7:30-9 p.m.: Guster, Dollar Bank Main Stage

8-9:45 p.m.: “River of Fundament (Act 3),” Harris Theater

June 11

Noon-12:30 p.m.: Afro-Cuban Dance by Yemaya Pittsburgh, Trust Arts Education Center

Noon-1 p.m.: Pittsburgh Concert Chorale, Dollar Bank Main Stage

Noon-1 p.m.: Addison Albert & Colin Aikins, Acoustic Stage

Noon-1:30 p.m.: Theatre Festival in Black and White, 937 Liberty Gallery

1-1:30 p.m.: “Giraffes Can Dance,” storytelling with Joanna Abel, Acoustic Stage

1-2 p.m.: Chamber Orchestra of Pittsburgh, Stanwix Stage

2-2:30 p.m.: Squonk's “Cycle Sonic,” Gateway 4, Gateway Plaza

2-2:45 p.m.: Pittsburgh Musical Theater's Xtreme Teen Broadway, Trust Arts Education Center

2-3:30 p.m.: Theatre Festival in Black and White, 937 Liberty Gallery

3-3:30 p.m.: “Too Many Spiders!” storytelling with Christina Ferrell, Acoustic Stage

3-3:30 p.m.: Reed Dance's “Let My People Go,” Trust Arts Education Center

4-4:30 p.m.: Bodiography's “Change,” Trust Arts Education Center

4-4:30 p.m.: Squonk's “Cycle Sonic,” Gateway 4, Gateway Plaza

4-5 p.m.: Kassia Ensemble, Acoustic Stage

4-5:30 p.m.: Theatre Festival in Black and White, 937 Liberty Gallery

5:30-7:30 p.m.: “River of Fundament (Act 1),” Harris Theater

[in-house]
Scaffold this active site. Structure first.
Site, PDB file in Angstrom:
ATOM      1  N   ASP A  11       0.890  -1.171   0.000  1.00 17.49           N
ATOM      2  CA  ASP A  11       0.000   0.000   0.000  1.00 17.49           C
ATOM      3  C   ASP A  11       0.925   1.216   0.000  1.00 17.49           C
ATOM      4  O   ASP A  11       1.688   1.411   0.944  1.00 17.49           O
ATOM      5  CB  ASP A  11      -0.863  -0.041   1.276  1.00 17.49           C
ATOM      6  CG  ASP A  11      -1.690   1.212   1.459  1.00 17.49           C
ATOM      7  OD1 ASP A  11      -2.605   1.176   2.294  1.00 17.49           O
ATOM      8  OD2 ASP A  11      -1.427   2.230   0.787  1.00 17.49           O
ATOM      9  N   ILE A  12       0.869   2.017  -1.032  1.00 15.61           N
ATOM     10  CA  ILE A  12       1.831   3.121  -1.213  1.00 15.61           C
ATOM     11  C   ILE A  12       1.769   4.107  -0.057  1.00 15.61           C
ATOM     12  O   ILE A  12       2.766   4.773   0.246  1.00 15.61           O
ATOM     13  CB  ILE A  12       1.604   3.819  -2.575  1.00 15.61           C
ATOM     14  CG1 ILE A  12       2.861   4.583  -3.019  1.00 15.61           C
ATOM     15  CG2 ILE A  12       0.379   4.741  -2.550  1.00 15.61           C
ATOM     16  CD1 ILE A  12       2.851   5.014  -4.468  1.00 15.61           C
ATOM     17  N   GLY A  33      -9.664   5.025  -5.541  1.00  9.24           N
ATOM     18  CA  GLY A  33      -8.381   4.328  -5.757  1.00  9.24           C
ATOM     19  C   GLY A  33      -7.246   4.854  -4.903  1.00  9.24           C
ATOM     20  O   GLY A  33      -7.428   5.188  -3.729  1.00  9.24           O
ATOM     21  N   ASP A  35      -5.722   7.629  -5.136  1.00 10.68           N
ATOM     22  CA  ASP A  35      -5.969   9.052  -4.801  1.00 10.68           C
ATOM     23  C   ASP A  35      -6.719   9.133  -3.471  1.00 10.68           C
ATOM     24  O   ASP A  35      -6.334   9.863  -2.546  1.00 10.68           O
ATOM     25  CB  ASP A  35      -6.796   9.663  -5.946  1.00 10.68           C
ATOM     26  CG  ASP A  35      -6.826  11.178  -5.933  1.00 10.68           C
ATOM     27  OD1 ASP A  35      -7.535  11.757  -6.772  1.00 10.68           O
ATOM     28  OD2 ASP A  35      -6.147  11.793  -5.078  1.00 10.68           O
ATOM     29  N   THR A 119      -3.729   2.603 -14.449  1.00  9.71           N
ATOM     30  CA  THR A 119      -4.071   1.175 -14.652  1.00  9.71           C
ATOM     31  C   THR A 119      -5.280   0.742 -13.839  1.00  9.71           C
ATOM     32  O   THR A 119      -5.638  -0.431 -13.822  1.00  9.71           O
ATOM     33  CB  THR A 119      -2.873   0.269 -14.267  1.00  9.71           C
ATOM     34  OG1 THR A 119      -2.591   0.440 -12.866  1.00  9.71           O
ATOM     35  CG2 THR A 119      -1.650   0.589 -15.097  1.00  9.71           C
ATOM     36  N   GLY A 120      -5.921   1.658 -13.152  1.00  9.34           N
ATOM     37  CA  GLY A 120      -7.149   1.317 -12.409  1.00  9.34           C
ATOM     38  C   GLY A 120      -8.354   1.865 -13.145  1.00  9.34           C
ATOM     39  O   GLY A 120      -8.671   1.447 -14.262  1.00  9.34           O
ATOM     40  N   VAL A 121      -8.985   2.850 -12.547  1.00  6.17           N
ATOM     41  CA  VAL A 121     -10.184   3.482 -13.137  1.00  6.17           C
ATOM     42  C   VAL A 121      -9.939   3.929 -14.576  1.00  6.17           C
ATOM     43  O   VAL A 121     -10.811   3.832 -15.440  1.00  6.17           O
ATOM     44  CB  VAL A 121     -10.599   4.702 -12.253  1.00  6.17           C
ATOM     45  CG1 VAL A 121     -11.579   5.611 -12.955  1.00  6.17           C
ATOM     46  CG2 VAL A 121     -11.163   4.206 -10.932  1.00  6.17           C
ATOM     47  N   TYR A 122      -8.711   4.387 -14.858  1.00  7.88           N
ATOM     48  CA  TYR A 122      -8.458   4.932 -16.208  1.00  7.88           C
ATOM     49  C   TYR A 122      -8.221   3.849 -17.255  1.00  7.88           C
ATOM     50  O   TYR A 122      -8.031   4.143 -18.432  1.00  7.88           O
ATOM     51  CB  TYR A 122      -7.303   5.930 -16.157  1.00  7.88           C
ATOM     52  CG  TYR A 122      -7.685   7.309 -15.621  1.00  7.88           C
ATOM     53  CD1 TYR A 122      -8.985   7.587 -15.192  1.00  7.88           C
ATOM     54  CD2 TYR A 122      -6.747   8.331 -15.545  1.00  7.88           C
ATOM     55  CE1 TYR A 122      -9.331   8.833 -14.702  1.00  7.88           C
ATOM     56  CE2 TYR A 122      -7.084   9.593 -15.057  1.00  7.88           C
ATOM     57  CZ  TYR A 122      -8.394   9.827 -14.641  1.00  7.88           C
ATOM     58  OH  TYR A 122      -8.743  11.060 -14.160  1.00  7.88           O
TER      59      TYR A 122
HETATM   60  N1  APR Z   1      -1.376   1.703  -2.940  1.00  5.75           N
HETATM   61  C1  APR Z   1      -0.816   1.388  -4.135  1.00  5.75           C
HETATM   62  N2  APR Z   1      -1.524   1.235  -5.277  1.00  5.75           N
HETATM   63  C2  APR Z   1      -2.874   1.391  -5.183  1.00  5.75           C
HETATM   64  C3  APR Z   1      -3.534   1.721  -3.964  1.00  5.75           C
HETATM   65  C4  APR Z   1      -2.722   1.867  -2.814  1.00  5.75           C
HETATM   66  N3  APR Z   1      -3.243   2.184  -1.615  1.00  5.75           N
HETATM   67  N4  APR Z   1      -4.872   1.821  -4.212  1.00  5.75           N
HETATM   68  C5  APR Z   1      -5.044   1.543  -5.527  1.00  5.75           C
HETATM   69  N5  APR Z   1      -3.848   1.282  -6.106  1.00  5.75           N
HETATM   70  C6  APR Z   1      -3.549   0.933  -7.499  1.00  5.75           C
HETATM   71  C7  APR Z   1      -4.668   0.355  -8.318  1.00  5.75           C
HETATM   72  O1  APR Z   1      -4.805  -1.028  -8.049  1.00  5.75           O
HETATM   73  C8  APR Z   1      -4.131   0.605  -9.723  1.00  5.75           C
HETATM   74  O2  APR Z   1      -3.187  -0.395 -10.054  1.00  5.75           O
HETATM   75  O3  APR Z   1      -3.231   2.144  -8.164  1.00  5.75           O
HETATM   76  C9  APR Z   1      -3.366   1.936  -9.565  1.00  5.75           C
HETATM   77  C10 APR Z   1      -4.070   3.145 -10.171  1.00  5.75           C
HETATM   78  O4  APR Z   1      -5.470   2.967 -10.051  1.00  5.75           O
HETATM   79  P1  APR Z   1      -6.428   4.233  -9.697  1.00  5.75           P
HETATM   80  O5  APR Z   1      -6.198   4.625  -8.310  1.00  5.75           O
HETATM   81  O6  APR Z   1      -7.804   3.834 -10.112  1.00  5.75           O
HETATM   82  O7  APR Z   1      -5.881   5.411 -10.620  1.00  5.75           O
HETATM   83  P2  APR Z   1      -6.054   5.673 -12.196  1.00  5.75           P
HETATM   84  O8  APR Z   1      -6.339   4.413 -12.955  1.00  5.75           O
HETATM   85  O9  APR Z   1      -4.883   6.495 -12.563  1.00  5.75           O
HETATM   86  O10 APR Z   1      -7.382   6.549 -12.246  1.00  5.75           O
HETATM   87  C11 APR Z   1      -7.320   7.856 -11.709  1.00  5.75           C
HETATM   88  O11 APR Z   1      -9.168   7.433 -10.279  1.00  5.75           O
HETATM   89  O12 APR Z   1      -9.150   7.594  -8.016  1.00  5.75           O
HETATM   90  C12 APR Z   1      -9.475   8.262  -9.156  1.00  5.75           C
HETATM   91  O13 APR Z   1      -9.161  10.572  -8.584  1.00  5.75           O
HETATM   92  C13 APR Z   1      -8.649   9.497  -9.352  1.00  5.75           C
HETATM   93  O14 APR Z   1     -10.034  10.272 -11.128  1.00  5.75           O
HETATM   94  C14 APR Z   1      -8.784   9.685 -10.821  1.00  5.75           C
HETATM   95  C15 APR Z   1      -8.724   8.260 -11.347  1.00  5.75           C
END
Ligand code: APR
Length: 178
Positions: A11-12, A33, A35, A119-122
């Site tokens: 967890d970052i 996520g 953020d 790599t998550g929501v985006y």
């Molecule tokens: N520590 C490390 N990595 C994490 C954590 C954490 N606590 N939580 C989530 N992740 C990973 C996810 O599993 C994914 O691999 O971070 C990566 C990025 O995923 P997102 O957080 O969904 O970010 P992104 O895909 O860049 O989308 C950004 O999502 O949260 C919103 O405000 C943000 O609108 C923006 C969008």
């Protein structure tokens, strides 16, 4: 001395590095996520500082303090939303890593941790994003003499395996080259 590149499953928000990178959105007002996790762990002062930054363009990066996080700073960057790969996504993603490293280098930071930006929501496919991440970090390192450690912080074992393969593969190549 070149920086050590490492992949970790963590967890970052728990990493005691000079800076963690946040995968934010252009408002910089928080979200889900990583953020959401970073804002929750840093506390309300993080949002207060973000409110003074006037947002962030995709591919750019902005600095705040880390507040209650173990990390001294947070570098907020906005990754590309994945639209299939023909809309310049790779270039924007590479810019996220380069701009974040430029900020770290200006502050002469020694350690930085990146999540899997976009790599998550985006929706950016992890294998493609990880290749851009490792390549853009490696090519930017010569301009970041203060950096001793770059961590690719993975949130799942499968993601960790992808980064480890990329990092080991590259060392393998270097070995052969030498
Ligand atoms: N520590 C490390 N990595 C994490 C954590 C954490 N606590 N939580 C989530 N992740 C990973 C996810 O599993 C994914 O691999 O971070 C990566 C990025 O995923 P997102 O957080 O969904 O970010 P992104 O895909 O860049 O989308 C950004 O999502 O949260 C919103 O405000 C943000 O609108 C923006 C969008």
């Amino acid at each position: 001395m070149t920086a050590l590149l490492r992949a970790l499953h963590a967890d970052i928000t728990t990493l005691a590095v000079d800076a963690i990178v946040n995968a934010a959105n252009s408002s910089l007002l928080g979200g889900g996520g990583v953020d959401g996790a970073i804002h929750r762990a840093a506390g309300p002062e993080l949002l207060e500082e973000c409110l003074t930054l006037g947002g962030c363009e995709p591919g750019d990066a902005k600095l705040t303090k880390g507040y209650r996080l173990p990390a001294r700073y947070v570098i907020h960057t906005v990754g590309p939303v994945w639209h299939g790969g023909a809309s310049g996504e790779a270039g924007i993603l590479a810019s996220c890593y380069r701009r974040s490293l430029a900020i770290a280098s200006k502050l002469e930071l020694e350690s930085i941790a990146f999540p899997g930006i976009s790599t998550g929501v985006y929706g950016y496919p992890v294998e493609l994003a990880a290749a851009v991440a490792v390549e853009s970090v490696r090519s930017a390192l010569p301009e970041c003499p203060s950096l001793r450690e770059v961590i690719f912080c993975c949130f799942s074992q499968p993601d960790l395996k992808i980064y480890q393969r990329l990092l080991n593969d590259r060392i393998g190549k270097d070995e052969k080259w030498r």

5:45-7:30 p.m.: “River of Fundament (Act 2),” Harris Theater

6-6:30 p.m.: Squonk's “Cycle Sonic,” Gateway 4, Gateway Plaza

6-7 p.m.: Cello Fury, Dollar Bank Main Stage

7:30-9 p.m.: Pittsburgh Symphony Orchestra, Dollar Bank Main Stage

8-9 p.m.: Theatre Festival in Black and White, 937 Liberty Gallery

8-9:45 p.m.: “River of Fundament (Act 3),” Harris Theater

June 12

Noon-1 p.m.: Rhythm ‘n Steel, Dollar Bank Main Stage

Noon-1 p.m.: Brianna Nelson, Acoustic Stage

2-2:30 p.m.: Squonk's “Cycle Sonic,” Gateway 4, Gateway Plaza

2-3 p.m.: 4 Wheel City, Dollar Bank Main Stage

2-3 p.m.: Lydia Hyde, Acoustic Stage

4-4:30 p.m.: Squonk's “Cycle Sonic,” Gateway 4, Gateway Plaza

4-5 p.m.: Butch Parnell, Acoustic Stage

4-5 p.m.: Thomas Page McBee's “Fight Like a Man,” Trust Arts Education Center

5-6 p.m.: Zende, Acoustic Stage

6-6:30 p.m.: Squonk's “Cycle Sonic,” Gateway 4, Gateway Plaza

6-7 p.m.: Ruby Amanfu, Dollar Bank Main Stage

7:30-9 p.m.: Lake Street Dive, Dollar Bank Main Stage